PEMF Therapy: The History, Science and Safety

PEMF therapy has been safely in use for decades: in hospitals, research facilities, and even in NASA’s treatment protocol for astronauts returning from space. Can this noninvasive therapy help relieve your pain?

Pulsed Electromagnetic Field therapy or PEMF therapy may sound like something out of a sci-fi future world, not least because it’s been used by NASA to help mitigate muscle atrophy and bone loss in astronauts. However, it is a real technology that can aid pain management, and this article has the facts you’re looking for regarding PEMF treatment and the science behind its sensational health claims.

What Exactly Is PEMF Therapy?

PEMF therapy devices emit electromagnetic waves at different wavelengths to help stimulate and encourage the body’s natural recovery mechanisms.

You might wonder how PEMF technology can be beneficial to the body when other electromagnetic pulses, like the ones emitted by X-ray machines and microwaves, are detrimental to your body. It’s the duration and the frequency that make the difference: PEMF therapy devices generate waves in short bursts at very low frequencies, closer to the electromagnetic waves that occur in nature. In fact, the majority of the waves experienced during PEMF treatments have a lower frequency than those you’d be exposed to during a thunderstorm.

Does PEMF Therapy Actually Work?

Pulsed Electromagnetic Field therapy has been used to improve circulation, bone healing, energy levels, depression, sleep function, immune function, and the rate of injury healing. The low frequencies in PEMF therapy pass through the skin and penetrate into muscles, tendons, bones, and even organs to activate cell energy and encourage their natural repair processes.

Cell membranes have positive and negative magnetic charges, but since those cells can degrade over time or become damaged due to injury, sometimes these charges fail to function. That means your cells are then incapable of exchanging the ions that are transporting the chemical compounds your body needs, like potassium and calcium. The symptoms that arise from this type of failure to function include chronic pain, fatigue, and inflammation. PEMF is a noninvasive way to target these areas, and call the body’s attention to them.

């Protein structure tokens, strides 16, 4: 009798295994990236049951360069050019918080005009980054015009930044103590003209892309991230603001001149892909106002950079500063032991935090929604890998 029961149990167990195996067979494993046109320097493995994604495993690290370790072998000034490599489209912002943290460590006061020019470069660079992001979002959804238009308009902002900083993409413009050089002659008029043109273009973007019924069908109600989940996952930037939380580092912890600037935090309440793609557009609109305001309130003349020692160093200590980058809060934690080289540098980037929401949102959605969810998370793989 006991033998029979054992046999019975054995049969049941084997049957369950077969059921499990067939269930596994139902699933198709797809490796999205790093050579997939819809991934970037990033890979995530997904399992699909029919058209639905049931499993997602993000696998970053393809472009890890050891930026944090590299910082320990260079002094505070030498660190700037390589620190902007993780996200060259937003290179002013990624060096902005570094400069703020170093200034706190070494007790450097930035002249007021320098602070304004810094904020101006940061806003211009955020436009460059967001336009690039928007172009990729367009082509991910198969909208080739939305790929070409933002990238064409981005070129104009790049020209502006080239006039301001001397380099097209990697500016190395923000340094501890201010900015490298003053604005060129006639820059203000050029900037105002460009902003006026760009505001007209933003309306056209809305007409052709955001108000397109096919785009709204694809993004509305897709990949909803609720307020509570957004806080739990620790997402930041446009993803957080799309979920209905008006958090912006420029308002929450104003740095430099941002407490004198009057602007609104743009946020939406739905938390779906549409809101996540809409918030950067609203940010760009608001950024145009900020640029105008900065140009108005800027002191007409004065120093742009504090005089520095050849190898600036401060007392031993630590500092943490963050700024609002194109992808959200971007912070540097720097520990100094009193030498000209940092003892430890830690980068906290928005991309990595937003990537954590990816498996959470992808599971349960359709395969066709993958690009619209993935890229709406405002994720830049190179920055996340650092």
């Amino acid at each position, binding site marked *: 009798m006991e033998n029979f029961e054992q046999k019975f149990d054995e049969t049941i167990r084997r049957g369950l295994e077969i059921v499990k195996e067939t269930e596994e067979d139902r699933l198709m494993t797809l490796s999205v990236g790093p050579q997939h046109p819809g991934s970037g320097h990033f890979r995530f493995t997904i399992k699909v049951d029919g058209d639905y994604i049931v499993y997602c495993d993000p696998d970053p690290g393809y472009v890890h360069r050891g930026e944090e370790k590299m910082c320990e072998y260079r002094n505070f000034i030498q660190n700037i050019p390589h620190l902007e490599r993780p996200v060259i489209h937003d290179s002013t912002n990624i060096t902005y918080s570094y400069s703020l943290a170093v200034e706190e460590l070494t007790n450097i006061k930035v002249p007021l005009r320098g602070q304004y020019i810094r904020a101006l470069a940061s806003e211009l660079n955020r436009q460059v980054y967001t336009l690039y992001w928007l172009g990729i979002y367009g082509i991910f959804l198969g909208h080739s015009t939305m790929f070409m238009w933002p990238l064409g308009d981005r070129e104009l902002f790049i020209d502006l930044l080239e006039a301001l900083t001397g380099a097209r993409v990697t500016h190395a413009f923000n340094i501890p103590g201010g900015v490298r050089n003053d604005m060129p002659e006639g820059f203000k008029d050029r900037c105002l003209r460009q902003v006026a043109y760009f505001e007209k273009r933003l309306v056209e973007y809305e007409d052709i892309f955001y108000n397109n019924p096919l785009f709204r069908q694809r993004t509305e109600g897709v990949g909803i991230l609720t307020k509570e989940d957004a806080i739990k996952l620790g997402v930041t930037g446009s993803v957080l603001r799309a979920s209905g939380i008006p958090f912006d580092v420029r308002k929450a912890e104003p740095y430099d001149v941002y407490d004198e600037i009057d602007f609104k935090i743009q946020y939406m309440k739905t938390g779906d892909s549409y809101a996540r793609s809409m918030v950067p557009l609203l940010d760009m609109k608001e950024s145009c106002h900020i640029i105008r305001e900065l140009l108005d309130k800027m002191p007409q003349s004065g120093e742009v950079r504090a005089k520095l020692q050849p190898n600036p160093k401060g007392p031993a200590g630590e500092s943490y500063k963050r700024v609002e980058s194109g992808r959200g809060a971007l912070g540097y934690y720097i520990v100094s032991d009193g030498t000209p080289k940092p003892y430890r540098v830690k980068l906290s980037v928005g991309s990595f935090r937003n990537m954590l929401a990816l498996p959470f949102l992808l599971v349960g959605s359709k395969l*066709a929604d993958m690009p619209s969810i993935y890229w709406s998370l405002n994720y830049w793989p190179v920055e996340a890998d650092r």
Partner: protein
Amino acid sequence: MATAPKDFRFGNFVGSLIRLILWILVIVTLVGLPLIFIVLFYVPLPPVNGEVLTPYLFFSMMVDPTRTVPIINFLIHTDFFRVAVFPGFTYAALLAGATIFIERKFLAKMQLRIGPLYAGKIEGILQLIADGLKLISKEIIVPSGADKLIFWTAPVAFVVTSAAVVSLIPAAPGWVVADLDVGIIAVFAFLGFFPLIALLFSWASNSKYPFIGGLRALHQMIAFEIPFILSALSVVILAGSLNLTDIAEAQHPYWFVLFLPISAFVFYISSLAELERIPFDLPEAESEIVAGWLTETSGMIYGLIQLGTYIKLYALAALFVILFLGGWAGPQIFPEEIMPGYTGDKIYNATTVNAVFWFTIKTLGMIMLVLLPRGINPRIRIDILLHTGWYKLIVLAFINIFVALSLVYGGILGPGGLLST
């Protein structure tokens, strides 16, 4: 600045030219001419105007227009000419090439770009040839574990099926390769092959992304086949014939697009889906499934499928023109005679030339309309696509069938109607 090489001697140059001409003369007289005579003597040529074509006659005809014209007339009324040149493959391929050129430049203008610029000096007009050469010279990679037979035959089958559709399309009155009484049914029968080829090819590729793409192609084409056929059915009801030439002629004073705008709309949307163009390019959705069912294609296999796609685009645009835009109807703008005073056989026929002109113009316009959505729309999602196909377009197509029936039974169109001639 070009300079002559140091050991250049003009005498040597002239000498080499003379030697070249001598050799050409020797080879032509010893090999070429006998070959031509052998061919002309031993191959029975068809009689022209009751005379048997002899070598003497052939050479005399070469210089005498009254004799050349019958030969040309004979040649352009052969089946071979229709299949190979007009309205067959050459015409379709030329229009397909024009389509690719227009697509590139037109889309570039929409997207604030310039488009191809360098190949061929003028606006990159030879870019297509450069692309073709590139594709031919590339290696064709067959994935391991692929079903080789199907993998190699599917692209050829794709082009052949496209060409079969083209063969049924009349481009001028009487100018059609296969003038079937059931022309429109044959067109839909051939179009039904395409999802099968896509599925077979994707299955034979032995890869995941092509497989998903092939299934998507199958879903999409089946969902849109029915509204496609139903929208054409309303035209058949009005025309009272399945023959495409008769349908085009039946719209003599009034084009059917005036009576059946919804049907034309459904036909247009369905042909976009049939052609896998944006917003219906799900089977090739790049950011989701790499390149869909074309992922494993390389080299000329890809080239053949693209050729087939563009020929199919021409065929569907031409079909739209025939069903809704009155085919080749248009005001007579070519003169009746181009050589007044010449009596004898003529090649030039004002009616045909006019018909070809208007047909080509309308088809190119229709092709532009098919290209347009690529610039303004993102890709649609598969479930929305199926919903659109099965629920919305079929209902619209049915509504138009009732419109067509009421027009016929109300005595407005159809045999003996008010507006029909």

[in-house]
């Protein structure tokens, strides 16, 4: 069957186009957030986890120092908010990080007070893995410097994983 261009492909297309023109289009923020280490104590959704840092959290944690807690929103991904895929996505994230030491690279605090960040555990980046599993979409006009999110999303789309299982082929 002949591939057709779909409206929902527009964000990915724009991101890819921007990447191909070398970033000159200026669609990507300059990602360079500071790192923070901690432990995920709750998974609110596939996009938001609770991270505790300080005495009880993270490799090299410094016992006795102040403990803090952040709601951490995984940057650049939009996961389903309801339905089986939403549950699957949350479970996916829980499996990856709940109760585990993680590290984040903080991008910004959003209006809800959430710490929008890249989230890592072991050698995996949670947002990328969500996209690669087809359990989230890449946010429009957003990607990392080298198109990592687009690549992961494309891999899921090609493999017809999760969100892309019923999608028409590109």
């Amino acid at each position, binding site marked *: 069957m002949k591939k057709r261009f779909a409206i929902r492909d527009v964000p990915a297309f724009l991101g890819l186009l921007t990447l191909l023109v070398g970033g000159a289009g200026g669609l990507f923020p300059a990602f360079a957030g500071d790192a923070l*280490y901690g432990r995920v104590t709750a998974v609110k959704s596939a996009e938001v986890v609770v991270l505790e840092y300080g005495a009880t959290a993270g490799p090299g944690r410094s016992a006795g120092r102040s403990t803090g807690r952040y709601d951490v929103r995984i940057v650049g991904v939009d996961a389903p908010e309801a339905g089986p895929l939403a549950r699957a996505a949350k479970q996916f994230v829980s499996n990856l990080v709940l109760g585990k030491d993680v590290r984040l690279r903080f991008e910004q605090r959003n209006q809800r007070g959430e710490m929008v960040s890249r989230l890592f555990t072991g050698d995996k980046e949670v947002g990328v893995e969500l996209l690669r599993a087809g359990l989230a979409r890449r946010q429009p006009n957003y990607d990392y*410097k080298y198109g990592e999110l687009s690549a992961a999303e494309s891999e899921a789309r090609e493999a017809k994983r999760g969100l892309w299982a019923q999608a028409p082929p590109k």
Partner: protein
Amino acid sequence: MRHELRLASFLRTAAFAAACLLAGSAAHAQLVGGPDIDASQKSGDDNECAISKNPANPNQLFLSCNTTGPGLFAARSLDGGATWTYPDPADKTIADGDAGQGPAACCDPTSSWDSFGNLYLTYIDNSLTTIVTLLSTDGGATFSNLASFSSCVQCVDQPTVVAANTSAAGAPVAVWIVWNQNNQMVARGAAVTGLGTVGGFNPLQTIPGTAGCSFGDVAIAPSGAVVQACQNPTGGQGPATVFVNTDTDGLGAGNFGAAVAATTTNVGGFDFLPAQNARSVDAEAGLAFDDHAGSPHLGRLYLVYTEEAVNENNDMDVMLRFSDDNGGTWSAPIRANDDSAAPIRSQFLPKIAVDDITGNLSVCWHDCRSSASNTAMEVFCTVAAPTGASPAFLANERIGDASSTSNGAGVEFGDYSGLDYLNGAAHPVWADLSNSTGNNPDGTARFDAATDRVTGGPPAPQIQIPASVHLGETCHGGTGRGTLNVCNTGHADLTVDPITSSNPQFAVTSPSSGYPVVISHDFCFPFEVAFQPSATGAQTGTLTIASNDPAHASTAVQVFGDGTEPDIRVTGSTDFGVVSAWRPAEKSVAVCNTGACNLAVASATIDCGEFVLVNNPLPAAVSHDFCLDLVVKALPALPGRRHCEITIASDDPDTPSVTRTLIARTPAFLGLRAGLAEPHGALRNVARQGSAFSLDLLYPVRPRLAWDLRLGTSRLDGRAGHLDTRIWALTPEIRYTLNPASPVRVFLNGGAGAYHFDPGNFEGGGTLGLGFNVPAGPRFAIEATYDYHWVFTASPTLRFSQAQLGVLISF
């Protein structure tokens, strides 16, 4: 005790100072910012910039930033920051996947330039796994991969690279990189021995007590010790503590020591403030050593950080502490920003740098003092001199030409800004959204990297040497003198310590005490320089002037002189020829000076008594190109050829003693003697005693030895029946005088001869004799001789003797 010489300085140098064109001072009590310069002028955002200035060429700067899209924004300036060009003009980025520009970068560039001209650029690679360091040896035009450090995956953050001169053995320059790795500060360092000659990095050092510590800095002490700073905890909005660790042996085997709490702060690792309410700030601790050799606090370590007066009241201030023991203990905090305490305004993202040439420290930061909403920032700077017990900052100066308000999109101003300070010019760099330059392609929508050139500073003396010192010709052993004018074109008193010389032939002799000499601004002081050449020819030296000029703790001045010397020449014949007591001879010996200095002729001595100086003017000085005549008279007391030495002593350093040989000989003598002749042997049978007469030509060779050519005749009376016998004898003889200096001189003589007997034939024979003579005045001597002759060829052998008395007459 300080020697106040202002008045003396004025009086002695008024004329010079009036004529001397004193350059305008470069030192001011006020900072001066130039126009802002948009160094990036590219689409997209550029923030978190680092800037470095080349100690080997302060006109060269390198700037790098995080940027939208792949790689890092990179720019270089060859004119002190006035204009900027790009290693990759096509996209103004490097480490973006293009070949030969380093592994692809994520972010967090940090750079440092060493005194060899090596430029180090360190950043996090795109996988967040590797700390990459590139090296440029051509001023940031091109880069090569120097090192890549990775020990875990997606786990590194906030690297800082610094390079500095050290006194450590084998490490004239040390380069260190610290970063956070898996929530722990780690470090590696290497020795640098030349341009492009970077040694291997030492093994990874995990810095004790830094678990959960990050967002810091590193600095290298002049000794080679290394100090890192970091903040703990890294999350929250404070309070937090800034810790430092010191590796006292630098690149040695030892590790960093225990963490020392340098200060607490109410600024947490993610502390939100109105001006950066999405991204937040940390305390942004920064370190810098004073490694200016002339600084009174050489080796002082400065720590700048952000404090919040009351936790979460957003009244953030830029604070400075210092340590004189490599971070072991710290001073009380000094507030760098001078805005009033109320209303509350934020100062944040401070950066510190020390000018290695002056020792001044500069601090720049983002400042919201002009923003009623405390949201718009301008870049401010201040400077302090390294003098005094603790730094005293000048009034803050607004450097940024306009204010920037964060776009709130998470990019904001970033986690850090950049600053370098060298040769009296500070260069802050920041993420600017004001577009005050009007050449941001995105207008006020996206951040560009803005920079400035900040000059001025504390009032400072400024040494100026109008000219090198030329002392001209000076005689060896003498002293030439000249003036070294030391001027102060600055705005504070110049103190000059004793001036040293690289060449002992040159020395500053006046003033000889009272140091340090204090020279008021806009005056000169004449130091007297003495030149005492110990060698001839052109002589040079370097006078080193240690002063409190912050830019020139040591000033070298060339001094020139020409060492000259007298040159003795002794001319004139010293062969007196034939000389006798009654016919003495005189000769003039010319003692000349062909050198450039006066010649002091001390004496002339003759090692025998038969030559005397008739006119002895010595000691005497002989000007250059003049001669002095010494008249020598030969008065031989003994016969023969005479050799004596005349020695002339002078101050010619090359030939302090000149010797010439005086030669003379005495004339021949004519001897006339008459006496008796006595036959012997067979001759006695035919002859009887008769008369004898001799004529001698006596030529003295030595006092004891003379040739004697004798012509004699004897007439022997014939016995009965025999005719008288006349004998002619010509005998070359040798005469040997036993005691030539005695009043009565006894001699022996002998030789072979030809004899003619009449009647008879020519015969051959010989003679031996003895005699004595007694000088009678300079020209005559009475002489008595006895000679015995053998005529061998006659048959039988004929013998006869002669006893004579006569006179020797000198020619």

PEMF therapy: the history, science, and safety.

Scientific Proof Behind PEMF Therapy

Here is what scientists have been able to show regarding the use PEMF therapy.

5 Facts About PEMF Machines

Have we stoked your curiosity about PEMF machines? Here are some more interesting facts to know.

1. Many of the Original PEMF Machines Were Developed in Eastern Europe

The first PEMF devices came from the Czech Republic, found their way to Hungary in the 1980s, and swept through Europe by the 1990s. The original PEMF devices were quite large, consisting of a Helmholtz coil. A patient was placed inside of the machine to receive a uniform dose of magnetic energy. Modern PEMF machines are about the size of a yoga mat and use the magnetic loop coil invented by Nikola Tesla long before the invention of the PEMF machine.

2. PEMF Therapy Was First Approved by the FDA in 1979

The first FDA-approved PEMF system was meant to stimulate bone healing and treat nonunion fractures, and since then has come into use for various post-surgical healing therapies, pain relief, and even treatment for depression. The machines are safe for use on humans and animals.

3. PEMF Technology Was Then Adopted by NASA

Wider therapeutic uses of PEMF technology emerged after 2003, when NASA did a 4-year study on the use of electromagnetic fields to stimulate repair and growth in mammalian tissue. Once pulsed electromagnetic fields were successfully used to help astronauts after their return from space, scientists theorized that the cause of astronaut fatigue, depression, and bone loss has to do with being away from the beneficial magnetic field that naturally emanates from the Earth.